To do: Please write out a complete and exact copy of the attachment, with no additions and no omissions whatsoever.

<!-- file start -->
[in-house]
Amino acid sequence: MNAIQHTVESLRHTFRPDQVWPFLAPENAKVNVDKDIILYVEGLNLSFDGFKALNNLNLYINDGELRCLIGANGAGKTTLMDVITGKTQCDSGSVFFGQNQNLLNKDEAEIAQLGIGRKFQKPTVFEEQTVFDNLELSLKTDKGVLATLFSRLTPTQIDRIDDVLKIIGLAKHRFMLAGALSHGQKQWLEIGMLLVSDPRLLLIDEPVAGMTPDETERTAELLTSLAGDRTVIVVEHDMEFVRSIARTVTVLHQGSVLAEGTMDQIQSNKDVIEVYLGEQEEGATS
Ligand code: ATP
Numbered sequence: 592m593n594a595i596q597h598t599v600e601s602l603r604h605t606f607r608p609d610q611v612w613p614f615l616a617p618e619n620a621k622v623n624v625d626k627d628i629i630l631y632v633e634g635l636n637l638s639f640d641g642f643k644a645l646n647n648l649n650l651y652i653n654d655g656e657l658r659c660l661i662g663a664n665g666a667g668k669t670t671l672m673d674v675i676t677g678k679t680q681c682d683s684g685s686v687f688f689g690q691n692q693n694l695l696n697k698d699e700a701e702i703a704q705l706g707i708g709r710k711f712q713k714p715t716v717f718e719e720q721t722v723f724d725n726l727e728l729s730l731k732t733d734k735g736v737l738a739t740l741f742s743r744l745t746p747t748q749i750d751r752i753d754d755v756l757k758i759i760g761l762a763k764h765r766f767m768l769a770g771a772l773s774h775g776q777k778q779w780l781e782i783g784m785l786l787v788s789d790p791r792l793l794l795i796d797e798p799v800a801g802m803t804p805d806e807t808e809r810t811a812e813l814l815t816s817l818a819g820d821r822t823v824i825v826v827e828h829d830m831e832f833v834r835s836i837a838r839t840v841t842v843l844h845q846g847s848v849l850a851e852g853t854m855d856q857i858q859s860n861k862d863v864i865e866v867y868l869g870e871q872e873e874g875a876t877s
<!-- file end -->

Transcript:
[in-house]
Amino acid sequence: MNAIQHTVESLRHTFRPDQVWPFLAPENAKVNVDKDIILYVEGLNLSFDGFKALNNLNLYINDGELRCLIGANGAGKTTLMDVITGKTQCDSGSVFFGQNQNLLNKDEAEIAQLGIGRKFQKPTVFEEQTVFDNLELSLKTDKGVLATLFSRLTPTQIDRIDDVLKIIGLAKHRFMLAGALSHGQKQWLEIGMLLVSDPRLLLIDEPVAGMTPDETERTAELLTSLAGDRTVIVVEHDMEFVRSIARTVTVLHQGSVLAEGTMDQIQSNKDVIEVYLGEQEEGATS
Ligand code: ATP
Numbered sequence: 592m593n594a595i596q597h598t599v600e601s602l603r604h605t606f607r608p609d610q611v612w613p614f615l616a617p618e619n620a621k622v623n624v625d626k627d628i629i630l631y632v633e634g635l636n637l638s639f640d641g642f643k644a645l646n647n648l649n650l651y652i653n654d655g656e657l658r659c660l661i662g663a664n665g666a667g668k669t670t671l672m673d674v675i676t677g678k679t680q681c682d683s684g685s686v687f688f689g690q691n692q693n694l695l696n697k698d699e700a701e702i703a704q705l706g707i708g709r710k711f712q713k714p715t716v717f718e719e720q721t722v723f724d725n726l727e728l729s730l731k732t733d734k735g736v737l738a739t740l741f742s743r744l745t746p747t748q749i750d751r752i753d754d755v756l757k758i759i760g761l762a763k764h765r766f767m768l769a770g771a772l773s774h775g776q777k778q779w780l781e782i783g784m785l786l787v788s789d790p791r792l793l794l795i796d797e798p799v800a801g802m803t804p805d806e807t808e809r810t811a812e813l814l815t816s817l818a819g820d821r822t823v824i825v826v827e828h829d830m831e832f833v834r835s836i837a838r839t840v841t842v843l844h845q846g847s848v849l850a851e852g853t854m855d856q857i858q859s860n861k862d863v864i865e866v867y868l869g870e871q872e873e874g875a876t877s